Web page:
(© picture-alliance/dpa)

  The future of mobility

  5 Debates

The diesel summit at which politicians and representatives of the automotive industry convened in Berlin has ended with a result that consumer protection agencies in particular are criticising as meagre. German carmakers that manipulated the emissions data of their diesel cars over a several years are to update not just the software but also the hardware in their vehicles. There won't be a revolution in Germany's car industry, commentators conclude, stressing that not just carmakers but also car drivers are responsible for the pollution.

In a bid to honour the Paris Climate Agreement, France's new Environment Minister Nicolas Hulot wants to ban sales of cars that consume petrol or diesel fuel by 2040. The country's media discuss how this target can be reached.

Volvo is leading the way: from 2019 all the Swedish-Chinese carmaker's new models will use either electric or hybrid technology. Europe's commentators discuss whether electric cars really are the future.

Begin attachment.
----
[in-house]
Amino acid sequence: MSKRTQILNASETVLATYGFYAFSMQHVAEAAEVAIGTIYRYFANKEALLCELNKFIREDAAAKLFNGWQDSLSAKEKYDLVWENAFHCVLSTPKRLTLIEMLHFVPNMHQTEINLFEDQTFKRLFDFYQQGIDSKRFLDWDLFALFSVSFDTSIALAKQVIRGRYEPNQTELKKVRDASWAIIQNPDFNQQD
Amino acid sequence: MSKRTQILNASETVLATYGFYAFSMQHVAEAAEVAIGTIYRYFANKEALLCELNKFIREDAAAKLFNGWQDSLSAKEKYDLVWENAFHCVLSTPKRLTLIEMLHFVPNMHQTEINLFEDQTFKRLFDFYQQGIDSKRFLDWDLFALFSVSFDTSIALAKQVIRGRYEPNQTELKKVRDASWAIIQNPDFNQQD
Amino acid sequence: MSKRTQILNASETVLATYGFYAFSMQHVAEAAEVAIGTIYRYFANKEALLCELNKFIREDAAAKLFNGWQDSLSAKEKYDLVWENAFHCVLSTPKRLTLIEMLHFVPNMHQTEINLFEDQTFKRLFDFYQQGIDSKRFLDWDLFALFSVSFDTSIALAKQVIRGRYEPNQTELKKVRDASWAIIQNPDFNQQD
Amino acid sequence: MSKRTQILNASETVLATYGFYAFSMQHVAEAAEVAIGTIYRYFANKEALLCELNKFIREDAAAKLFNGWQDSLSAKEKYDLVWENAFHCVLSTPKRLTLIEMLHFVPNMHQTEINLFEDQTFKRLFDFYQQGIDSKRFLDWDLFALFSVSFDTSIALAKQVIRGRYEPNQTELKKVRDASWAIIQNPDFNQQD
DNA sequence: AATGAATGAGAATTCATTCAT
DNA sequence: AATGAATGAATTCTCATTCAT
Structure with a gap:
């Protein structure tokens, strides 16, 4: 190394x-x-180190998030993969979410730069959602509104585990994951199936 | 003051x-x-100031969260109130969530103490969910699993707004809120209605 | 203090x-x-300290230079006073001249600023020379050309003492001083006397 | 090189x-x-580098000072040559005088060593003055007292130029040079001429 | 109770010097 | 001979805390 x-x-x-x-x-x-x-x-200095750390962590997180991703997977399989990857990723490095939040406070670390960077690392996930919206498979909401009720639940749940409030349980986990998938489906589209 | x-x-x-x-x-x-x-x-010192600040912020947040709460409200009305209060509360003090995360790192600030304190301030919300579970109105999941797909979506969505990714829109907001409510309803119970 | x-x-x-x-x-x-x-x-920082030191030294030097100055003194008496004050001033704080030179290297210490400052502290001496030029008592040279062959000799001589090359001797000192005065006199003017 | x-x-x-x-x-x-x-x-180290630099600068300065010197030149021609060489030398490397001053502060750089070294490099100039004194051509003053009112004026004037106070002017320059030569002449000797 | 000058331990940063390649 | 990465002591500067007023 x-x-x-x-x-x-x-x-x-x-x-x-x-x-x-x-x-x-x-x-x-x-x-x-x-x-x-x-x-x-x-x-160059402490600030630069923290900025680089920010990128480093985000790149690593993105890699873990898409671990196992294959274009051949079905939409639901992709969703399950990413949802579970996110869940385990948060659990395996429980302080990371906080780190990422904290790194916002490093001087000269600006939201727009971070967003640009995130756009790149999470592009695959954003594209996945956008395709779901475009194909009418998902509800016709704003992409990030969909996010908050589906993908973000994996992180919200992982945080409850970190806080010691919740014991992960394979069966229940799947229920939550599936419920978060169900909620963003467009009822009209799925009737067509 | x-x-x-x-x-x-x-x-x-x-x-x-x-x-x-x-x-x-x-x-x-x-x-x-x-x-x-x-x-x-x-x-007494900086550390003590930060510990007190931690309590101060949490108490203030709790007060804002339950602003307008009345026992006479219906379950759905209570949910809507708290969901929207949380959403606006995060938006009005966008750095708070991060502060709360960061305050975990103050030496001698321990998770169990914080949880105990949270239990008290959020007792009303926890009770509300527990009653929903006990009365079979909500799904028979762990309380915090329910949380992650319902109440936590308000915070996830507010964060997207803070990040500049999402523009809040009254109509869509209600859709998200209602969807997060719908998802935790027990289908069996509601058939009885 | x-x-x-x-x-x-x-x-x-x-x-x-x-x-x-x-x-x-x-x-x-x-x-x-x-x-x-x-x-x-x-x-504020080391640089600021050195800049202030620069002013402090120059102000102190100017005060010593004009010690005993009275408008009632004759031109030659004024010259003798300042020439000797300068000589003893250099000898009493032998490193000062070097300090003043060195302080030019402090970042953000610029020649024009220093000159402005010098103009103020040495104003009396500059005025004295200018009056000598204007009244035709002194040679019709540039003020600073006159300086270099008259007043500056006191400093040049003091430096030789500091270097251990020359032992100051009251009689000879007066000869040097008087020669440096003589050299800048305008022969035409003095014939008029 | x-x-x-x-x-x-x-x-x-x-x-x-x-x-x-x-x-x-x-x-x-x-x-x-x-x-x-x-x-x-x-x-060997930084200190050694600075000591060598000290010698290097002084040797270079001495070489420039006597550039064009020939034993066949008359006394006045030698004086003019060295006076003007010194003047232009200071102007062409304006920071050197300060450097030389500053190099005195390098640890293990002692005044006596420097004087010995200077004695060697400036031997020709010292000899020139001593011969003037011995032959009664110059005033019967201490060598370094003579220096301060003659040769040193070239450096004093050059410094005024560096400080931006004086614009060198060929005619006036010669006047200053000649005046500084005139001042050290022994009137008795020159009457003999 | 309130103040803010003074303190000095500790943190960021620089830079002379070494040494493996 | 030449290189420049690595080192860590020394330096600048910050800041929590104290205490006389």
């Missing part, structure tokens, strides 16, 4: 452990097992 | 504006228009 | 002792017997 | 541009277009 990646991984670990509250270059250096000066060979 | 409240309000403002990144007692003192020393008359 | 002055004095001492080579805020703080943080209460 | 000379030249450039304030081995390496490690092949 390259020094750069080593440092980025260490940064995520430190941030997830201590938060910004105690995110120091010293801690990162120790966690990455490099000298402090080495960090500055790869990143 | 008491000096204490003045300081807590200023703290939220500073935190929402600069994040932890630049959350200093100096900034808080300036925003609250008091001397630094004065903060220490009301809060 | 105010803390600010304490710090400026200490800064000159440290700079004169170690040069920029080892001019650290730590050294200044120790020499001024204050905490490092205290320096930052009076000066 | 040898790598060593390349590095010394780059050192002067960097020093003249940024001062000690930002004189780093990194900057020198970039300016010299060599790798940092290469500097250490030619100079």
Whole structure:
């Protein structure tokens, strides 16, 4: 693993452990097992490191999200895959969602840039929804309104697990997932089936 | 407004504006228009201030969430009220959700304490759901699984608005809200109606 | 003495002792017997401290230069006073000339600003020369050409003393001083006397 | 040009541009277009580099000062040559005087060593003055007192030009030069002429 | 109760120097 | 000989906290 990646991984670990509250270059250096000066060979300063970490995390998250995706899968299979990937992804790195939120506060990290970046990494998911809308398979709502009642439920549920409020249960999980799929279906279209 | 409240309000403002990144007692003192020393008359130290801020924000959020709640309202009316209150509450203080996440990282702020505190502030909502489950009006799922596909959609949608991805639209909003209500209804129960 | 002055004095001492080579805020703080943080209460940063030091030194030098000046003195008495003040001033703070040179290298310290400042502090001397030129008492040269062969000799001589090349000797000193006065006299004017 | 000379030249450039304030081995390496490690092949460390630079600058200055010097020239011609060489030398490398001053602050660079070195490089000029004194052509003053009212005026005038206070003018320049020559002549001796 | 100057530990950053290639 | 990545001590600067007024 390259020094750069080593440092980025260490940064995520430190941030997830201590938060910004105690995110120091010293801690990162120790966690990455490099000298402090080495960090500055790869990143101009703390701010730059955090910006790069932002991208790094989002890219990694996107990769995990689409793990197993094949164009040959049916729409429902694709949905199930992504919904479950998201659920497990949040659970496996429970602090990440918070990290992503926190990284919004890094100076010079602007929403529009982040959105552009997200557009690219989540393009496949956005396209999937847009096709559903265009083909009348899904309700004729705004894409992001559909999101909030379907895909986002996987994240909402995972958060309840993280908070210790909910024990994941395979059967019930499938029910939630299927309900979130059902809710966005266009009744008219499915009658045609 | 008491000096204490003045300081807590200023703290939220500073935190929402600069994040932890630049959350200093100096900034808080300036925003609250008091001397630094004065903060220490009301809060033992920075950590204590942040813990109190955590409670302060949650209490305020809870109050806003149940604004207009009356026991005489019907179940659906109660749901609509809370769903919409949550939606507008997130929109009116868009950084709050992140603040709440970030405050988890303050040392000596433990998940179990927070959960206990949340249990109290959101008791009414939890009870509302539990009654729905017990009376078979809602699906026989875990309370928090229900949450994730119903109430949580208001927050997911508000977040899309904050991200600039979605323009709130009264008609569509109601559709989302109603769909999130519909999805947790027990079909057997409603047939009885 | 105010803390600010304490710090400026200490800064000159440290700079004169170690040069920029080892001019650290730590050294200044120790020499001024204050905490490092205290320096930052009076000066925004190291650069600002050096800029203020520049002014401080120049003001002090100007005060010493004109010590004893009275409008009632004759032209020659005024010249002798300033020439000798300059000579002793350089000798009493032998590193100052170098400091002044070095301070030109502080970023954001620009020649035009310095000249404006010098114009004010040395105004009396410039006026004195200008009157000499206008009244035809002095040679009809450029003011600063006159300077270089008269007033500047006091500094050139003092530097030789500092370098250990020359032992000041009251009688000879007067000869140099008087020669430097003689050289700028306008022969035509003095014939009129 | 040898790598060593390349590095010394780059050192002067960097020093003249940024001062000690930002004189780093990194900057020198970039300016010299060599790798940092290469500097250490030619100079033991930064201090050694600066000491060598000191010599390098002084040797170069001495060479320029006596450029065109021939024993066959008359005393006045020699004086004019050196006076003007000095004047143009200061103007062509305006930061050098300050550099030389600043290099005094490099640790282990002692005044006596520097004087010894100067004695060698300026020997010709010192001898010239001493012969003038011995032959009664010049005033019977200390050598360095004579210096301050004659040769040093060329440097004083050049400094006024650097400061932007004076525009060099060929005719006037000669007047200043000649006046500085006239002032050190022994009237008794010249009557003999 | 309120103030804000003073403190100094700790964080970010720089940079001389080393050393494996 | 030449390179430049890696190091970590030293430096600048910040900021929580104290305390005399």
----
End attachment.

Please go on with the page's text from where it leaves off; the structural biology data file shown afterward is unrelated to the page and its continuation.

One country after another is making moves to ensure that diesel and petrol engines become a thing of the past: Paris, Madrid, Athens and Helsinki plan to ban their production by 2025, with London following suit in 2040. In Germany the cartel scandal that has hit the automotive industry has added fuel to the debate. But commentators see bans as the wrong approach for various reasons.

The diesel scandals as well as moves to ban diesel cars in several cities and other factors are raising the pressure to come up with a plan to combat air pollution and provide clean mobility. Europe's commentators examine the options.